Osteoporosis is becoming nothing short of an epidemic. Nearly 10 million Americans have osteoporosis and another 18 million are at high risk of developing it. Here’s a scary statistic: Women over the age of 50 have a one in two chance of an osteoporosis related fracture! These numbers are expected to continue to climb unless we really begin to actively treat and prevent bone loss.
Big Pharma is taking in major profits from osteoporosis. Drugs like Fosamax and Boniva are recommended for treatment. The problem is that these drugs don’t truly help, but rather increase your risk of a fracture. They also have a whole list of other bad side effects. Some Fosamax and Boniva users are dealing with gastrointestinal issues including esophageal cancer, skin rashes and even joint pain. These drugs work by killing cells in your bone. Although the result of using these drugs is denser, bigger bone, it is not stronger bone. Because the bones are still weak, fractures, including hip fractures, have been occurring among those using these supposed bone-building drugs.
Two Kinds of Osteoporosis
Osteoporosis is a debilitating condition in which bone density decreases to the point that it causes weak, porous, and fragile bones. People who have osteoporosis have a high risk of bone breaks and fractures. Although most people are familiar with osteoporosis, they may not realize that there are two forms.
The two types of Osteoporosis are:
- Type I or Primary Osteoporosis
This type comes on very suddenly in postmenopausal women because of the rapid drop in estrogen levels. This lack of estrogen causes calcium depletion in the bone. Type I largely affects the bone inside the vertebrae.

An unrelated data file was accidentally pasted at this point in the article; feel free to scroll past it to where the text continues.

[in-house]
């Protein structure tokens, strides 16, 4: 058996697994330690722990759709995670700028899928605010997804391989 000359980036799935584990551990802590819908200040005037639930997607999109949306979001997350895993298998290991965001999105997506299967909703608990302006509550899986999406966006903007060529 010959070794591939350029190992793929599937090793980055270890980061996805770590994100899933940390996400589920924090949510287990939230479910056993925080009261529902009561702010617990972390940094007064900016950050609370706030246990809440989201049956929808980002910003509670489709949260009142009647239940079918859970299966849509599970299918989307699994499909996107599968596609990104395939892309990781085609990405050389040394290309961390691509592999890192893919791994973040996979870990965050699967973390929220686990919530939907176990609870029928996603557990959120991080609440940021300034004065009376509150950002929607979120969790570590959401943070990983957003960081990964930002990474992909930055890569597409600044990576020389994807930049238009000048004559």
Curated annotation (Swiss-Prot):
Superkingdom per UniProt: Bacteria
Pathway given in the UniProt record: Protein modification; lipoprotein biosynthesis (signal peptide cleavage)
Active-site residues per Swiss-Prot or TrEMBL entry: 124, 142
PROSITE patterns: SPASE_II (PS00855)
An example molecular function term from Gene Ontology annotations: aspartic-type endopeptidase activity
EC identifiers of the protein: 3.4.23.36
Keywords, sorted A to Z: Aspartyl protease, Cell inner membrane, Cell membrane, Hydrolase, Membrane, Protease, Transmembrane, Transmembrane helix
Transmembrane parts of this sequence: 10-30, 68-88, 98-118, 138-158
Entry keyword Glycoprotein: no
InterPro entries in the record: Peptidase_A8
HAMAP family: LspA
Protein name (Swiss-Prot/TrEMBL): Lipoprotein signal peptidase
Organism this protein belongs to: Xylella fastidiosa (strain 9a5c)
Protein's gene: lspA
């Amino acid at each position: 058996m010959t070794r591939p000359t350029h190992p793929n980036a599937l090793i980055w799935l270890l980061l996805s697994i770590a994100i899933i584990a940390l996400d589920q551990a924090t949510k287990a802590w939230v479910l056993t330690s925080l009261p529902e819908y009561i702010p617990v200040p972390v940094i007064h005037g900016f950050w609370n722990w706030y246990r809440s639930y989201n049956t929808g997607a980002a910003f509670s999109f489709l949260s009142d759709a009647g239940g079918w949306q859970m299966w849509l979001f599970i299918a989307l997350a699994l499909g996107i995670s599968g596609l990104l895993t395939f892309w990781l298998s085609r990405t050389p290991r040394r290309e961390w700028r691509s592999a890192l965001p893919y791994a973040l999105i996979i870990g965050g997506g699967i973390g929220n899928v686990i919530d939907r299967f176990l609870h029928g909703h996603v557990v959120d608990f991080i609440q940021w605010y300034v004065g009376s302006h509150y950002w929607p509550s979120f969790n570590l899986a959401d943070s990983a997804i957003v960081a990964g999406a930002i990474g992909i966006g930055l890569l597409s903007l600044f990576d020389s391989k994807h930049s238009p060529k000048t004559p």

- Type II or Secondary Osteoporosis
This type is age related and occurs in everyone to some degree. As we age, there can become an imbalance in the two bone-recycling processes resulting in weaker more fragile bone. Type II can affect nearly any bone in the body. It can also have several other causes including:
- Diseases of the endocrine system like hyperthyroidism
- Digestive diseases like Crohn’s
- Vitamin D deficiency
- Poor nutrition
- Use of corticosteroids like Prednisone
Healthy Eating for Bone Building
I always say the prevention is the best treatment. Thankfully, osteoporosis has many natural options for prevention and treatment. The first and most important is good nutrition. Most people focus on the consumption of dairy for calcium. Although there is some truth to this, there are many other minerals and components that contribute to the formation of bone.
- Amino Acids: Amino Acids are an integral part of bone density and important part of the bone matrix. The best source of amino acids is quality protein like organic or free range chicken and eggs, pasture raised beef and whey protein powder.